With the belief that business intelligence (BI) applications are sometimes too hard to use, manage, and deploy, We Are Cloud, a software provider company based in France (Oh la la!), created BIME, a software-as-a- service (SaaS) BI application. BIME’s goal is to offer a powerful tool from the cloud to make BI easy. Yes, I am talking about a SaaS BI offering. Read the rest of this entry »
Part 1 of this series discussed the current upbeat state of affairs of Microsoft Dynamics CRM, as one of the three best-performing products within the entire Microsoft Corporation of late. In a nutshell, during 2009, the product grew notably and surpassed one million licensed users. Microsoft’s customer relationship management (CRM) offering has become attractive to companies of all sizes, in part due to its multiple deployment options (with bidirectional migration options due to the same code base).
Certainly, much more has to happen before there is truly a common feature set, a common look and feel, and a feasible option to move any company from one mode of deployment to another. The market will thus be keenly looking for referenceable customers from Microsoft who have done this migration even in one direction, let alone as a “round trip.”
The underlying technology developments mentioned in Part 1 have enabled rapid innovation of Microsoft Dynamics CRM in many ways. Part 2 analyzed the following embodiments of rapid innovation: the Microsoft Dynamics CRM Online offering, CRM Product Accelerators, and the so-called xRM (extended relationship management) framework. The xRM approach takes CRM one step further by targeting the management of all imaginable relationships, not just those with customers.
There was a time when school was the place for learning. Thirty-five years ago—when I was a young girl—children went to schools where the curriculum included such basic subjects as mathematics, reading, writing, and music and the forums available to us consisted of text books, encyclopedias, and newspapers.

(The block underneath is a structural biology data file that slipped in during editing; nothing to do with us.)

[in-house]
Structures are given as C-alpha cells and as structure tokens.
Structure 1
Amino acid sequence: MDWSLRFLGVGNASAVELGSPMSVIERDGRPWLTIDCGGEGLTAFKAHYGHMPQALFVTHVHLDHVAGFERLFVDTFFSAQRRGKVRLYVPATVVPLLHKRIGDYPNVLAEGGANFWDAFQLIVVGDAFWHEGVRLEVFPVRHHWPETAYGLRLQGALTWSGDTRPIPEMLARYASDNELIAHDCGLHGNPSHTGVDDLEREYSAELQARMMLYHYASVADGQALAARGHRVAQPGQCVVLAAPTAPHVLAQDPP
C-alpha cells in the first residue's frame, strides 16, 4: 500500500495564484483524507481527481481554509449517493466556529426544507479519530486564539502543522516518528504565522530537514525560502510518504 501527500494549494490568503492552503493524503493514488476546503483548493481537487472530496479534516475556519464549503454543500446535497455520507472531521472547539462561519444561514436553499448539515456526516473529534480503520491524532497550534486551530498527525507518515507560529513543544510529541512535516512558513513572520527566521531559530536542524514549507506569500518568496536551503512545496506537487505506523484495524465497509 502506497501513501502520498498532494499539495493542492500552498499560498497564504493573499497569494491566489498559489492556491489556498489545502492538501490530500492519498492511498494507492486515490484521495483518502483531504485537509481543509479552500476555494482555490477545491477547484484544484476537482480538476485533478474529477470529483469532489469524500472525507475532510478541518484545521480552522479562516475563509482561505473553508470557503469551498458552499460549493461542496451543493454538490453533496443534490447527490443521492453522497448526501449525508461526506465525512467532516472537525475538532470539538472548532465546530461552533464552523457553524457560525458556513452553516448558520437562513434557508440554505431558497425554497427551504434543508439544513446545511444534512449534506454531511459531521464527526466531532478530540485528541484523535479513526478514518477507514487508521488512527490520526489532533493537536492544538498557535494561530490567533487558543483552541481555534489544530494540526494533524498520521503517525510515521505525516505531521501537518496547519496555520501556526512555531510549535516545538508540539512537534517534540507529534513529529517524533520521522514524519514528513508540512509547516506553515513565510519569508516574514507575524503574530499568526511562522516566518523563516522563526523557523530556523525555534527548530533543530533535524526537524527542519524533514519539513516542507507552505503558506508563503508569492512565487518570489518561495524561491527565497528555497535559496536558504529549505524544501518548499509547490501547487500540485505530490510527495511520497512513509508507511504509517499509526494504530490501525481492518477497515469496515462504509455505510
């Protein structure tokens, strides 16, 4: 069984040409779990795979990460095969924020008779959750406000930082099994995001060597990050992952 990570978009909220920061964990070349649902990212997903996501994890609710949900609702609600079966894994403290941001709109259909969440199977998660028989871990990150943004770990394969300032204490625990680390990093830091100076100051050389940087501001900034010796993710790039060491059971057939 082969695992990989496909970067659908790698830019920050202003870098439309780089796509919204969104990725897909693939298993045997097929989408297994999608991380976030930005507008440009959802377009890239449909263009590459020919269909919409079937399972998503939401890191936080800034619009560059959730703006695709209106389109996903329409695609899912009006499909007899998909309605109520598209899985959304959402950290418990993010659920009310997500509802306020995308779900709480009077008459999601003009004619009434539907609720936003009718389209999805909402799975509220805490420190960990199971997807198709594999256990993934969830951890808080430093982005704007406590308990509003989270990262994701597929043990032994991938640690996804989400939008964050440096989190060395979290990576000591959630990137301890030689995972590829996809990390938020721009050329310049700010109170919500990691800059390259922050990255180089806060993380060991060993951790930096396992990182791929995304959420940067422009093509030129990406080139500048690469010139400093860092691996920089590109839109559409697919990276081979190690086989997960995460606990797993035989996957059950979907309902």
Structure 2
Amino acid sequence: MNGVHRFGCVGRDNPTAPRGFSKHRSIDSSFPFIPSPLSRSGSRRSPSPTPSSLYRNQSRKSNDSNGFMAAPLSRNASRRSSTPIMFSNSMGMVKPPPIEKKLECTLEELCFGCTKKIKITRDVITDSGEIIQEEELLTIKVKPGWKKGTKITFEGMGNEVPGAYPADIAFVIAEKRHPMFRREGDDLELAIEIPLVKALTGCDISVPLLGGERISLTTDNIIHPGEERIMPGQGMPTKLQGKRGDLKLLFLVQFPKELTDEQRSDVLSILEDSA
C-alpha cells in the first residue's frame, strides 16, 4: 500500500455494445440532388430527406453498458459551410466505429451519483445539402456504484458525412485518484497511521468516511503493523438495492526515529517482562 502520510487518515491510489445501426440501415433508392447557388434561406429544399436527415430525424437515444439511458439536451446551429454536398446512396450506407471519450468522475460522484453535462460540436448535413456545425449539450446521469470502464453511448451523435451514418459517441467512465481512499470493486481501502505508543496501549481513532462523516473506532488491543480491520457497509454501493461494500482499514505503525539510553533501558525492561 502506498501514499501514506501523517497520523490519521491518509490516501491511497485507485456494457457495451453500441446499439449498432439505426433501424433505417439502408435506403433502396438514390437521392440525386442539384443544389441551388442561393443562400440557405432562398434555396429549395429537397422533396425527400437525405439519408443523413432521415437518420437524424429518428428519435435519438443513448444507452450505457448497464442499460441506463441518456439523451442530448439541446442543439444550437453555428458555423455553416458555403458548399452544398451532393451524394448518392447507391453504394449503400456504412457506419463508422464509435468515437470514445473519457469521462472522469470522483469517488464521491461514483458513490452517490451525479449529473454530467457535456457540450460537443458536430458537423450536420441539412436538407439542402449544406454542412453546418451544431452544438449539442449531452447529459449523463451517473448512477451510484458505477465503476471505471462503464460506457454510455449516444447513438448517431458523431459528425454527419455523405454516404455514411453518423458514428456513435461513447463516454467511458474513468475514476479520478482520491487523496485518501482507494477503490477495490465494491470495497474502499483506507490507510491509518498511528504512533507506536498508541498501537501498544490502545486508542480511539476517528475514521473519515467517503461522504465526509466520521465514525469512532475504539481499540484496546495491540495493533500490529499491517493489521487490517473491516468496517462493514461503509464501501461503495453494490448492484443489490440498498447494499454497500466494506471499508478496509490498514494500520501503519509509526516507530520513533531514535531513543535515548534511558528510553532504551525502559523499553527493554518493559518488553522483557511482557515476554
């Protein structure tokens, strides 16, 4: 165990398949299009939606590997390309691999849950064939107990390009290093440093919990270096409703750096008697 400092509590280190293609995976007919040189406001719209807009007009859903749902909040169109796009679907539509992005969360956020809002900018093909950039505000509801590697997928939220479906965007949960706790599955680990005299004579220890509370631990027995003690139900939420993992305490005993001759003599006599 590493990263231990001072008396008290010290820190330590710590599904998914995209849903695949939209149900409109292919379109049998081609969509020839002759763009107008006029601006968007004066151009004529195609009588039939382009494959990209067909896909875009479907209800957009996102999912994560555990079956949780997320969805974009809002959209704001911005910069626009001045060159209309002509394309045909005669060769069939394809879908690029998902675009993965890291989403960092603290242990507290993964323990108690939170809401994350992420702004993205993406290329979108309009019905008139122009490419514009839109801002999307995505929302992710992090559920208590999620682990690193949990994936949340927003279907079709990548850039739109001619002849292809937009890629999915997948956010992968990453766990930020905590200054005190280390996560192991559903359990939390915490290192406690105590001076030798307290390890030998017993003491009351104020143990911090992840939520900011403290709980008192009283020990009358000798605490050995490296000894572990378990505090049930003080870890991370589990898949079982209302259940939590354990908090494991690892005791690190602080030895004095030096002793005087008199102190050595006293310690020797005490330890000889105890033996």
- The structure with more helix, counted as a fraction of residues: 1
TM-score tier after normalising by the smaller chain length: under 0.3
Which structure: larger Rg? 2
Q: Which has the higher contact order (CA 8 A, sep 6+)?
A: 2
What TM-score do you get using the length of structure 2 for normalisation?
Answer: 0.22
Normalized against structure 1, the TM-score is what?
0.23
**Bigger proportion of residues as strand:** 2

The global introduction to the personal computer (PC)—as early as the mid 1980’s—gave us a whole new way of learning. Educational study suddenly stretched far beyond the walls of our schools and made its way into our homes (the PC) and communities (via the local library).
Today, the pace at which learning technology is evolving has changed the way in which educational content is created, delivered, and used in learning institutions, business, and society. Organizations and institutions are using newer channels for delivering these learning experiences through such means as on-line learning, learning on-demand (anyplace/anytime scenarios), virtual classrooms, and more. Read the rest of this entry »
Part 1 of this series analyzed the phenomenon of the rise of the service economy: the increasing importance of the service sector in industrialized economies. Especially in a sluggish market, service delivered after the initial sale of a product is what can truly differentiate competitors.
In fact, after-sale service is quite difficult to replicate. Thus, while durable (hard) goods orders decline and product-based margins diminish in maturing and commoditized industries, service margins remain healthy. When consumers or businesses focus more on maintaining what they have vs. purchasing a new product, after-sale service (or aftermarket) can have a substantial impact on any company’s revenue, profitability, and customer loyalty levels.
It is no longer breaking news to say that the US and the European Union (EU) are turning from product-based to service economies. The trend of the increasing importance of the service sector has only been accentuated by the recent (and perhaps still ongoing) subprime mortgage and financial system meltdowns, volatile stock markets, declining durable (hard) goods orders, dwindling physical product-based profit margins, and so on and so forth.
But one saving grace for these developed (the Group of Eight [G8] and beyond) countries’ economies could be the post-sale service or aftermarket business model offering services to fix (repair), maintain, and optimize products that are sold to installed bases. While durable goods orders decline and product-based margins diminish in maturing and commoditized industries, service margins remain very healthy. Thus, service businesses currently contribute about 70 percent of the world economy. Read the rest of this entry »
Buzzwords are annoying. High-pressure sales pitches are annoying. Your competitors are sort of annoying.
And ERP? Really annoying.
Part 1 of this series introduced the conundrum that retailers (especially those in the areas of fashion and apparel) encounter in the realms of design, sourcing, ordering, and delivery of private label and branded goods. The article also introduced TradeStone Software and its merchandise lifecycle management (MLM) solutions that enable a number of the world’s most successful retailers to bring innovative and profitable private-label products to market at ever higher speeds.